Ursula K. Le Guin

A Left-Handed Commencement Address

delivered 22 May 1983, Mills College, Oakland, California

 

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I want to thank the Mills College Class of '83 for offering me a rare chance: to speak aloud in public in the language of women.

I know there are men graduating, and I don't mean to exclude them, far from it. There is a Greek tragedy where the Greek says to the foreigner, ďIf you don't understand Greek, please signify by nodding.Ē Anyhow, commencements are usually operated under the unspoken agreement that everybody graduating is either male or ought to be. Thatís why we are all wearing these twelfth-century dresses that look so great on men and make women look either like a mushroom or a pregnant stork.

Intellectual tradition is male. Public speaking is done in the public tongue, the national or tribal language; and the language of our tribe is the men's language. Of course women learn it. We're not dumb. If you can tell Margaret Thatcher from Ronald Reagan, or Indira Gandhi from General Somoza, by anything they say, tell me how. This is a manís world, so it talks a manís language. The words are all words of power. Youíve come a long way, baby, but no way is long enough. You canít even get there by selling yourself out: because there is theirs, not yours.

Maybe weíve had enough words of power and talk about the battle of life. Maybe we need some words of weakness. Instead of saying now that I hope you will all go forth from this ivory tower of college into the Real World and forge a triumphant career or at least help your husband to and keep our country strong and be a success in everything -- instead of talking about power, what if I talked like a woman right here in public? It wonít sound right. Itís going to sound terrible. What if I said what I hope for you is first, if -- only if -- you want kids, I hope you have them. Not hordes of them. A couple, enough. I hope theyíre beautiful. I hope you and they have enough to eat, and a place to be warm and clean in, and friends, and work you like doing.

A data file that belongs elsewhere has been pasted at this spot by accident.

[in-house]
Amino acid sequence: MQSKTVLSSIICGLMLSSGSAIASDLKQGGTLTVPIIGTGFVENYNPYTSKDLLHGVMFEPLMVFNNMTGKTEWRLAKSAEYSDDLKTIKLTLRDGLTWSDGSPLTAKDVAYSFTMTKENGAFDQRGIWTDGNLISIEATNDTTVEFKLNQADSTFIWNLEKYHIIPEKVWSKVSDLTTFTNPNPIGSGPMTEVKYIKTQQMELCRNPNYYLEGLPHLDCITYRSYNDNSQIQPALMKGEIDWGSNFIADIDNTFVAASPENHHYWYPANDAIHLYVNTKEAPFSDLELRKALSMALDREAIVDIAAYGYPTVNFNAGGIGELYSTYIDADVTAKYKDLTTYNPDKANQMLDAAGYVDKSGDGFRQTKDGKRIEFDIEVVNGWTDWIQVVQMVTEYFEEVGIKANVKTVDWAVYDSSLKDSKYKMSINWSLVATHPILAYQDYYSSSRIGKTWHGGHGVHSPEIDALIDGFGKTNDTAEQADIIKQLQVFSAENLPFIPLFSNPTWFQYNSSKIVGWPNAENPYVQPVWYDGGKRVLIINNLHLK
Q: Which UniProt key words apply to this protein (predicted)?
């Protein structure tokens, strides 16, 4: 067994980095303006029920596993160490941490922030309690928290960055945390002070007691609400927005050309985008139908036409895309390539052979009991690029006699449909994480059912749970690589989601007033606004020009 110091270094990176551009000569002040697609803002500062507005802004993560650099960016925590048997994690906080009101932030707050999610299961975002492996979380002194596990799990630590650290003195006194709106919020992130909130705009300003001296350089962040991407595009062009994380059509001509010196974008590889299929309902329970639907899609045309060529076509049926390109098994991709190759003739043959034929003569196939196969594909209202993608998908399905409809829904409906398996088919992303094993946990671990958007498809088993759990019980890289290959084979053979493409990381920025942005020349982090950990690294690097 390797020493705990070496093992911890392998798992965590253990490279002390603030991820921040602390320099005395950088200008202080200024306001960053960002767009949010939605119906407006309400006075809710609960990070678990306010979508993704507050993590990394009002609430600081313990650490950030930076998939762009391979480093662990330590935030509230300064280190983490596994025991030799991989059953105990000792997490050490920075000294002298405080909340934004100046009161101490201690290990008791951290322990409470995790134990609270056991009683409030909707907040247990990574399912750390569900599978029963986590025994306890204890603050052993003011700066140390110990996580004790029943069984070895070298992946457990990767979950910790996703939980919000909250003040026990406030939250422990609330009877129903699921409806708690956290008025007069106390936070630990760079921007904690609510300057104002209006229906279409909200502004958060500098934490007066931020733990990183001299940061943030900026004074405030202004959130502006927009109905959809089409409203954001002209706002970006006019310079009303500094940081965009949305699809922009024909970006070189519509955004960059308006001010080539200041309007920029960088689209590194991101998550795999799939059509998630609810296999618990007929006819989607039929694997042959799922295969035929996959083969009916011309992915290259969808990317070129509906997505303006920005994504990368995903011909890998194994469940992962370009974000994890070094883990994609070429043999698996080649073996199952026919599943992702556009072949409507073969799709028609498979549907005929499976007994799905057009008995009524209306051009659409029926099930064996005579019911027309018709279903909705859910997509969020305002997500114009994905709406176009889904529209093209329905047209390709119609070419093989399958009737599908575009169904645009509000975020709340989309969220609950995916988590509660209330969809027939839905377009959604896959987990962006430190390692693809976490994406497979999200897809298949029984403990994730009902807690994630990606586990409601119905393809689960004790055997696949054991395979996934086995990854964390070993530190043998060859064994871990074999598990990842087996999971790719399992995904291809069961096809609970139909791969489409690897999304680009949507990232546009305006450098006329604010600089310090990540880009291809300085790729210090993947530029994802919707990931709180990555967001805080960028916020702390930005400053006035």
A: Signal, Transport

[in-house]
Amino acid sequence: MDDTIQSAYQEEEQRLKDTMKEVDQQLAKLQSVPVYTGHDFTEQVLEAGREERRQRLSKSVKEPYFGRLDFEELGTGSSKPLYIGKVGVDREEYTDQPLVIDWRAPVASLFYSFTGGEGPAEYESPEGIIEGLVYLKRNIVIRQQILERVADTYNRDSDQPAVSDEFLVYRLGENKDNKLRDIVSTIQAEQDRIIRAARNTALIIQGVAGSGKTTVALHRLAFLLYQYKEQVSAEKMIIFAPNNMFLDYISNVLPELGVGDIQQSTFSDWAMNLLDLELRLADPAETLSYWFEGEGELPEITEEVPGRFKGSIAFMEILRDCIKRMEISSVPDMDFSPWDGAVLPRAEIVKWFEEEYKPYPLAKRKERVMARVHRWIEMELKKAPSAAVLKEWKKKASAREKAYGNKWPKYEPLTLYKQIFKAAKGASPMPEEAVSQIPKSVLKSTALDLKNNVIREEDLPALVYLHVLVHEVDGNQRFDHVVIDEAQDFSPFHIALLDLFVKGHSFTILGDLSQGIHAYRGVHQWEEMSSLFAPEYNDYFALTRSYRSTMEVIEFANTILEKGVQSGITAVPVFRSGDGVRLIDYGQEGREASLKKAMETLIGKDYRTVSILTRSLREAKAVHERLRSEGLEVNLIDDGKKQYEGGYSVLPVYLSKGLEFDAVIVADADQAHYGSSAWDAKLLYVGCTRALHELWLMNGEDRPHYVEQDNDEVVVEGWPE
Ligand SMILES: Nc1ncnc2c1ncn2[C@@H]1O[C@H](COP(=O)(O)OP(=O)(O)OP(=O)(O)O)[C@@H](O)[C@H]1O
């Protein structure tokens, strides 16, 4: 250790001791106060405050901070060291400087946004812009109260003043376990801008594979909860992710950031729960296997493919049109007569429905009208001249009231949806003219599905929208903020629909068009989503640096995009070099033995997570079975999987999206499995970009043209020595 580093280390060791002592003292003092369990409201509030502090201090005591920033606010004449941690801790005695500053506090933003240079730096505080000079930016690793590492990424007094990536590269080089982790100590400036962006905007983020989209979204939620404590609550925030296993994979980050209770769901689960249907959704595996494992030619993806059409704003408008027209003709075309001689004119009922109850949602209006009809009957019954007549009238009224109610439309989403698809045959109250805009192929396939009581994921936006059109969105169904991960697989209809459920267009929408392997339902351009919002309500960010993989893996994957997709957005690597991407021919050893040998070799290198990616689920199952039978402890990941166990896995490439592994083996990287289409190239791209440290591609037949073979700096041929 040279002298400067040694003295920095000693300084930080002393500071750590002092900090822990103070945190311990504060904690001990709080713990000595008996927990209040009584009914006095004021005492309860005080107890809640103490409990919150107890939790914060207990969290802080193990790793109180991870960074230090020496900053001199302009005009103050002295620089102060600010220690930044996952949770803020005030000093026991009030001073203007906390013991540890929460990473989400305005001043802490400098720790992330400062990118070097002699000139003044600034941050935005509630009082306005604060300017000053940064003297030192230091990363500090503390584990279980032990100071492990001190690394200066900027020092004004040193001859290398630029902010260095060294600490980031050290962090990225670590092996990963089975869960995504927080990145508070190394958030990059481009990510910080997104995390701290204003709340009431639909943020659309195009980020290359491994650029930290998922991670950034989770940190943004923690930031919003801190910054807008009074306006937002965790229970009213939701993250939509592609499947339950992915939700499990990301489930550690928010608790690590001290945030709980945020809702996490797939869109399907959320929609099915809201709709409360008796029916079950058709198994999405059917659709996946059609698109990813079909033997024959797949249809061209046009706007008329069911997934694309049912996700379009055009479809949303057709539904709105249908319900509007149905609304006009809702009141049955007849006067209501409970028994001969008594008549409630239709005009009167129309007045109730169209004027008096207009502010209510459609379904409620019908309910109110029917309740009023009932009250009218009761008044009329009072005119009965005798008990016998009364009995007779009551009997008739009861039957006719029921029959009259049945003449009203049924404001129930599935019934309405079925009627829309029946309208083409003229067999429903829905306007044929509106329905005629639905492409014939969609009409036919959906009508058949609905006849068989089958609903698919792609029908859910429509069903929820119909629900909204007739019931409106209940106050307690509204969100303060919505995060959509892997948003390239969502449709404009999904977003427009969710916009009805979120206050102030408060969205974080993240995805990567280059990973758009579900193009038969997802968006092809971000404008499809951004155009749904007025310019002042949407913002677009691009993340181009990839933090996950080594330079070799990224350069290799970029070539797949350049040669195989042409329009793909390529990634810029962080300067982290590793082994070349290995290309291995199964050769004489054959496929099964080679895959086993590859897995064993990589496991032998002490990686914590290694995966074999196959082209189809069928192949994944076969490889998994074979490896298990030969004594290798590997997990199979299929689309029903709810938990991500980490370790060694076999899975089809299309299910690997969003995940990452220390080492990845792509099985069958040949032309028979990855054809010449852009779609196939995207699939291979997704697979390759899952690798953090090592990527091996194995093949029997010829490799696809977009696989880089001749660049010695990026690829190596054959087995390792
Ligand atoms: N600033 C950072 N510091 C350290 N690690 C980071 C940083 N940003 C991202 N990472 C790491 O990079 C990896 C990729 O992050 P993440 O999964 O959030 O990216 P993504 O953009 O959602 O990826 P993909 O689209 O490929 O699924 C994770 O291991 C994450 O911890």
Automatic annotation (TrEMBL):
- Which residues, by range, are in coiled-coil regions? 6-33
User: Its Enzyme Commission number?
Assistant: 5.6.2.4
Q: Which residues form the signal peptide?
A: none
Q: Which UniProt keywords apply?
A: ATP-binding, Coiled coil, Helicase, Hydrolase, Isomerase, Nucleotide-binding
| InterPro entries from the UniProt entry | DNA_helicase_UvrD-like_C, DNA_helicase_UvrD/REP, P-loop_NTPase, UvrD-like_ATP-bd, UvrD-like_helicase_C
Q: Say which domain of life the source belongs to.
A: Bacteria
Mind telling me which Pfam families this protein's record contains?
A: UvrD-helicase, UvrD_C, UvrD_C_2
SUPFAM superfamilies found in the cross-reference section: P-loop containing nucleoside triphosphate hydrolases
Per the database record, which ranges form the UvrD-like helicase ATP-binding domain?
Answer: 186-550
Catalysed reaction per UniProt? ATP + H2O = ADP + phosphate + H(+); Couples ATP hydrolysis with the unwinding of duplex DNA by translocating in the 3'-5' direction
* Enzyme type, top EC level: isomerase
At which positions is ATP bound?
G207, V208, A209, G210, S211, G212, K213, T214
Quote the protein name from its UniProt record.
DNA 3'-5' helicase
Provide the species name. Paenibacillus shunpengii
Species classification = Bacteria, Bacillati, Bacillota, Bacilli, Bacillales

Well, is that what you went to college for? Is that all? What about success?

Success is somebody elseís failure. Success is the American Dream we can keep dreaming because most people in most places, including thirty million of ourselves, live wide awake in the terrible reality of poverty. No, I do not wish you success. I donít even want to talk about it. I want to talk about failure.

Because you are human beings you are going to meet failure. You are going to meet disappointment, injustice, betrayal, and irreparable loss. You will find youíre weak where you thought yourself strong. Youíll work for possessions and then find they possess you. You will find yourself -- as I know you already have -- in dark places, alone, and afraid.

What I hope for you, for all my sisters and daughters, brothers and sons, is that you will be able to live there, in the dark place. To live in the place that our rationalizing culture of success denies, calling it a place of exile, uninhabitable, foreign.

Well, weíre already foreigners. Women as women are largely excluded from, alien to, the self-declared male norms of this society, where human beings are called Man, the only respectable god is male, the only direction is up. So thatís their country; letís explore our own. Iím not talking about sex; thatís a whole other universe, where every man and woman is on their own. Iím talking about society, the so-called manís world of institutionalized competition, aggression, violence, authority, and power.